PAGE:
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I've been reading about dependency injection and have a simple question. I can understand how via constructor or setter injection required dependencies are autowired by the DI framework. What happens when an object decides it needs to create a new object due to some business process? Do I need to always create a Factory in these situations? To make it a less abstract question, here is an example.

Let's say I'm writing a game of Asteriods. There's a ship in the middle which can spin around and shoot the asteriods. Assume that the ship has been created and approriate things injected. When playerShip.shoot() is called we need to create a bullet object. The bullet object needs to know which way it is going (direction) and where to start (point).

Normally, I would do something like this:

bullet = new Bullet( direction, point );

However, that tightly couples the PlayerShip class to the Bullet class. How should this work under dependency injection? Do I need to create a BulletFactory interface and inject an implementation of that into the ship?

Edit: I'm not actually writing asteriods. This was a simple example that I thought people would understand. I wanted something that needed to be created a runtime (not while "wiring up objects") that also had parameters to it's constructor.

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4 Answers 4

up vote 3 down vote accepted

Depends if you just going to have just one bullet type...

If just one then I would say you'd be ok.

But if you have a Bullet, DoubleBullet, PowerBullet, NukeBullet, etc.

Then I would make Bullet base class and all the other Derrived from it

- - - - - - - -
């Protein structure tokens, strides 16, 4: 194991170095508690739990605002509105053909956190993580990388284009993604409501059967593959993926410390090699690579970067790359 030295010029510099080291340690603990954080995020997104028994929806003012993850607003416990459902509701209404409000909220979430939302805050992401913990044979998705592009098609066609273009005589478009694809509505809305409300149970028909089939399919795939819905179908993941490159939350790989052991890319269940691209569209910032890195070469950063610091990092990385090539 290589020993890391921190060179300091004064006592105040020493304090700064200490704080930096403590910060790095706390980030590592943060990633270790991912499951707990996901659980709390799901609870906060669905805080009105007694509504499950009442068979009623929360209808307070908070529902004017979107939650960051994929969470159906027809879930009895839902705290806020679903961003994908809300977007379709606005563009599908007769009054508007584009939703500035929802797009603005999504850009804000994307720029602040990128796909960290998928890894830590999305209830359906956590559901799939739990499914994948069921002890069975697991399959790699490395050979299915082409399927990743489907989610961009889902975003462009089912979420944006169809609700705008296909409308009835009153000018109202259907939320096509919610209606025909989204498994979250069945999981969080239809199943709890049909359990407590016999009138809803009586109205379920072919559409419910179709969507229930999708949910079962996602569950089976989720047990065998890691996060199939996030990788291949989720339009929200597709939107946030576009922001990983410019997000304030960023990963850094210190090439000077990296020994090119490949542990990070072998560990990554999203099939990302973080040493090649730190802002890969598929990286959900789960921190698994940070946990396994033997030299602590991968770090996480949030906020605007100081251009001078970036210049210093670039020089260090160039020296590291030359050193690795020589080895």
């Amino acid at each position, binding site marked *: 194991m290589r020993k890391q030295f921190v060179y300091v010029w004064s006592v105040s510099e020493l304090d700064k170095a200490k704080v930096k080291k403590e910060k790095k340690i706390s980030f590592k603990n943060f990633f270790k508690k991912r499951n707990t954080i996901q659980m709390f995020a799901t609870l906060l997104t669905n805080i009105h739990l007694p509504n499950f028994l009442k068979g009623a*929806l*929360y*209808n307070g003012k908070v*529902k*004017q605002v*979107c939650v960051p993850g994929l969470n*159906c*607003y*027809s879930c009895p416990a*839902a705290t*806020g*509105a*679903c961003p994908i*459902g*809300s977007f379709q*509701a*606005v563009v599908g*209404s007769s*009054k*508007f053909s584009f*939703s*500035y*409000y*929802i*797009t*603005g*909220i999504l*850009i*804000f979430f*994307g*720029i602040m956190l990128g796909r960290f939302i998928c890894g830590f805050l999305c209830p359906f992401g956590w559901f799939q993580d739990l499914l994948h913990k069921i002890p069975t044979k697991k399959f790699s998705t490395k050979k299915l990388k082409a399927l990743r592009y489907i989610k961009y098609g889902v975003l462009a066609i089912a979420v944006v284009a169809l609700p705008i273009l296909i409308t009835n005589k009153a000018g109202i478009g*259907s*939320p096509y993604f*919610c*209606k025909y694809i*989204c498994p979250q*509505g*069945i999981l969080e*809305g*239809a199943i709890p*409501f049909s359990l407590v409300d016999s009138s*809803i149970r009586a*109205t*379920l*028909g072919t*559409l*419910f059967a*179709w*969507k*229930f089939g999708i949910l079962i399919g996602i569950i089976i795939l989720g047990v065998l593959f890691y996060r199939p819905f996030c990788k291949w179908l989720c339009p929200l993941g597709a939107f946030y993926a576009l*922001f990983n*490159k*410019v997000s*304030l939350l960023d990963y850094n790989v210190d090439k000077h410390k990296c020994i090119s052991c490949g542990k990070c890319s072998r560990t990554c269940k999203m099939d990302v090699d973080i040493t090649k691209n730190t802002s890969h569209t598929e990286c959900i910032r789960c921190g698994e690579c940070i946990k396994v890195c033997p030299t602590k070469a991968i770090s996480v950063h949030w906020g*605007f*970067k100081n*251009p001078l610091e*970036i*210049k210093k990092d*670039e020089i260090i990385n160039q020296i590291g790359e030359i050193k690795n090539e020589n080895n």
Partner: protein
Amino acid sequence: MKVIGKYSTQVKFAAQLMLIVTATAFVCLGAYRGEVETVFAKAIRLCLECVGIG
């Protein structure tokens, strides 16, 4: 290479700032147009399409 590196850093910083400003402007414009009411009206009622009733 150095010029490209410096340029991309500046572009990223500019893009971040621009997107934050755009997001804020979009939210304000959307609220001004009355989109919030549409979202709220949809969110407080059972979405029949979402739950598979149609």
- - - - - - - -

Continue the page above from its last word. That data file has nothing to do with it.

Then I would make Bullet factory and it would have CreateBullet, CreatePowerBullet, etc.

The other question is will anything else be making a bullet? If so then I would create a factory to consolidate the creation logic in one place...

Otherwise it smells like your using DI just to be using DI...

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Also, if "bullet" itself was a very complex object with its own object tree you'll probably want a factory to avoid Ship having dependencies to Bullet's dependencies. – Epaga Feb 23 '11 at 10:07

You've pretty much got it. If you want to be decoupled with the Bullet class, then in my opinion the best solution is to inject a factory that can create Bullet objects.

Note that you have several levels of indirection you can take, each giving you more flexibility, but requiring more code and possibly being more difficult to understand. The simplest is to have BulletFactory and Bullet both be concrete types. This means you can't easily have different implementations of them, but you can still extend them both and pass in a subclass of BulletFactory that returns subclasses of Bullet. If your only purpose for injection is to make unit tests easier, this is the route I would take. Of course, you can also make BulletFactory an interface, or Bullet an interface, or both. If you're going to have different implements of either for non-testing purposes, this is the route I would take.

Finally, you have to decide if the benefits of decoupling the Bullet class from your PlayerShip class are worth it. Tight coupling is not evil and shouldn't be avoided at all costs—it makes sense in some contexts, and not in others. Only experience will help you figure out when to couple classes and when to decouple them.

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The dependency injection is not suitable for this case. If you create a factory for this you will overuse design patterns. You can't decouple the entire system, in this case Ship has a composition with Bullet, and in case you need any more complex than that another pattern (not necessarily DI) might be adequate.

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So, only use DI for service type objects and singletons? – WW. Jun 10 '09 at 23:38

Yes, this smells like over-architecting. Nevertheless, off the top of my head, you could have a property that stores the bullet Type and then have your DI framework (ninject here) create the bullet.

public Type BulletType {get; set;}

public void fire()
    var b = (BulletType) kernel.get(BulletType);, direction);
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So kernel.get(BulletType) will lookup the class name I've specified externally and create me an instance of that? Does this mean that point and direction can not be passed in the constructor but have to be set subsequent to creation? – WW. Jun 11 '09 at 4:22
Yep, kernel does the lookup & creation in the Ninject Framework. And it doesn't take parameters like point. Is that a problem? – Ray Jun 11 '09 at 7:08

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